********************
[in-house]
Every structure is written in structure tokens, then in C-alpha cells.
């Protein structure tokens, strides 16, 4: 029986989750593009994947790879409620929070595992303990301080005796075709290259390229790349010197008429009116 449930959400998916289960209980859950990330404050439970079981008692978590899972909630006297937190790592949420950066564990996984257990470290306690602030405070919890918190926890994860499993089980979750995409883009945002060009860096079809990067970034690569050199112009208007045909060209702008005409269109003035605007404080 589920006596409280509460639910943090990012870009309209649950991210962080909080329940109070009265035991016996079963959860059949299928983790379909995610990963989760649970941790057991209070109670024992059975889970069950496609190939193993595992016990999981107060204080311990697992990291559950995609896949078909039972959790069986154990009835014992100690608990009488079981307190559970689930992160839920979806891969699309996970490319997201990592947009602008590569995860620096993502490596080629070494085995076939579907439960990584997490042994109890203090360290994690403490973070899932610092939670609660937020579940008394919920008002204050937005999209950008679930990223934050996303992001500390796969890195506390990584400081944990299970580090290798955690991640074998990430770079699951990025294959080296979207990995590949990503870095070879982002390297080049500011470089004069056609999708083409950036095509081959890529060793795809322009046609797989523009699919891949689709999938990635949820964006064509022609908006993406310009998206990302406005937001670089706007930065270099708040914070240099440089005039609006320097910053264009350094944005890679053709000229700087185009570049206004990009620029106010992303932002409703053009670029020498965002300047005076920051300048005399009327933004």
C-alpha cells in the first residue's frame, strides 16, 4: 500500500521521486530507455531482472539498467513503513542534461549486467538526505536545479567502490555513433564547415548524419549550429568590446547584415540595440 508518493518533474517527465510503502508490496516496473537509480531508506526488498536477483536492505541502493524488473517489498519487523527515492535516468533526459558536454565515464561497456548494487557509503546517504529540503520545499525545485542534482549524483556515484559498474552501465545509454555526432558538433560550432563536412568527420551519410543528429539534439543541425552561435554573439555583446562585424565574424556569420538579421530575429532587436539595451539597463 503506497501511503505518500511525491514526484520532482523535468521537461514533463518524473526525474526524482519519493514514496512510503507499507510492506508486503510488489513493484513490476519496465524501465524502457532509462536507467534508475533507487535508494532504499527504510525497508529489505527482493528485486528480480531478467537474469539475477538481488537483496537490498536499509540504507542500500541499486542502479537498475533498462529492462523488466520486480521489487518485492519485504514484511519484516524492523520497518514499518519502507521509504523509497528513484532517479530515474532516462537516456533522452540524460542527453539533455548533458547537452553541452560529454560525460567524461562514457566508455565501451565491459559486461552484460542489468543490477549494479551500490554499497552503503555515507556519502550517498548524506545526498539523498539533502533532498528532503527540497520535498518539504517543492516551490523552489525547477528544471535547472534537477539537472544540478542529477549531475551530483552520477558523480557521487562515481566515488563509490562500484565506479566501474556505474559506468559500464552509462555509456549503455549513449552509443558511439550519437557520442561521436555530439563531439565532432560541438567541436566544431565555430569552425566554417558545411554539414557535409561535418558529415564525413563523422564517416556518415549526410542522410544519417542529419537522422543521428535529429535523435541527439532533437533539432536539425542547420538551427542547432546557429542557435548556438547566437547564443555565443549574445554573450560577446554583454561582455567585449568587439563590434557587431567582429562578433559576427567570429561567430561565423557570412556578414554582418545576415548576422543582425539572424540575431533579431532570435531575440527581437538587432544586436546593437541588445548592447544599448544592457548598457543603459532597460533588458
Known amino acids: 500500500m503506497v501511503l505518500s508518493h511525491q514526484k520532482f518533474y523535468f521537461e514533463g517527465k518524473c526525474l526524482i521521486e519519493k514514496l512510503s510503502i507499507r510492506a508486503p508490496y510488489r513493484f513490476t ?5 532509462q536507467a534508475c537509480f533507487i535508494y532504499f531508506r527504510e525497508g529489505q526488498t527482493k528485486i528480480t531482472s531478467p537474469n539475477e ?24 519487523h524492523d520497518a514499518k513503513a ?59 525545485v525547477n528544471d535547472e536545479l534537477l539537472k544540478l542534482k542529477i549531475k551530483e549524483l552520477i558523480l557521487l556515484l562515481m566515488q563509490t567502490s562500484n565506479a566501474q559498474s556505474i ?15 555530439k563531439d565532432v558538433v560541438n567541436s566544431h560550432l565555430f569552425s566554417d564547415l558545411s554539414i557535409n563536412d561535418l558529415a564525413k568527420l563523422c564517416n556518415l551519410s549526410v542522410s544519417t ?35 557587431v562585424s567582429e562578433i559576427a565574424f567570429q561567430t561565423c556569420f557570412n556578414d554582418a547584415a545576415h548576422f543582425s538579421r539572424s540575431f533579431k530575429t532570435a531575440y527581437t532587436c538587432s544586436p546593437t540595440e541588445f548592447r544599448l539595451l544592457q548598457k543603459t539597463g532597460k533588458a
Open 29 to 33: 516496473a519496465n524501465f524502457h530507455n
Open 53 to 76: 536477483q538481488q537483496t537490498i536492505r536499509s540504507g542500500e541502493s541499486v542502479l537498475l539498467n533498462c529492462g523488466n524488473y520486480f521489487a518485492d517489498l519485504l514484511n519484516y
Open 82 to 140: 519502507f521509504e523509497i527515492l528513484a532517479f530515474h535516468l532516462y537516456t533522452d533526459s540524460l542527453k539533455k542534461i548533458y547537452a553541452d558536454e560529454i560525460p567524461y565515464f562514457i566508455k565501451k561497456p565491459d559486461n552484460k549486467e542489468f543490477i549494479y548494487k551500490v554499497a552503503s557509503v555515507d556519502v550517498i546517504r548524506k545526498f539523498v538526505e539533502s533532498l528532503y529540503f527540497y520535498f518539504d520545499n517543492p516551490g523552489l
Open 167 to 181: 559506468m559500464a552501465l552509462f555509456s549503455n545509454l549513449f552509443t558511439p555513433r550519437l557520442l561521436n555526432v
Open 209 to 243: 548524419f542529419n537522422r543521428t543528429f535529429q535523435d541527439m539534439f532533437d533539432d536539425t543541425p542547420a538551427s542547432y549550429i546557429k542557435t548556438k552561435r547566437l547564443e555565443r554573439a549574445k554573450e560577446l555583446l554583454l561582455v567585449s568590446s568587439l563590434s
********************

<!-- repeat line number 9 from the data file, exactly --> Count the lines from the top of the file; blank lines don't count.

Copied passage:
Open 167 to 181: 559506468m559500464a552501465l552509462f555509456s549503455n545509454l549513449f552509443t558511439p555513433r550519437l557520442l561521436n555526432v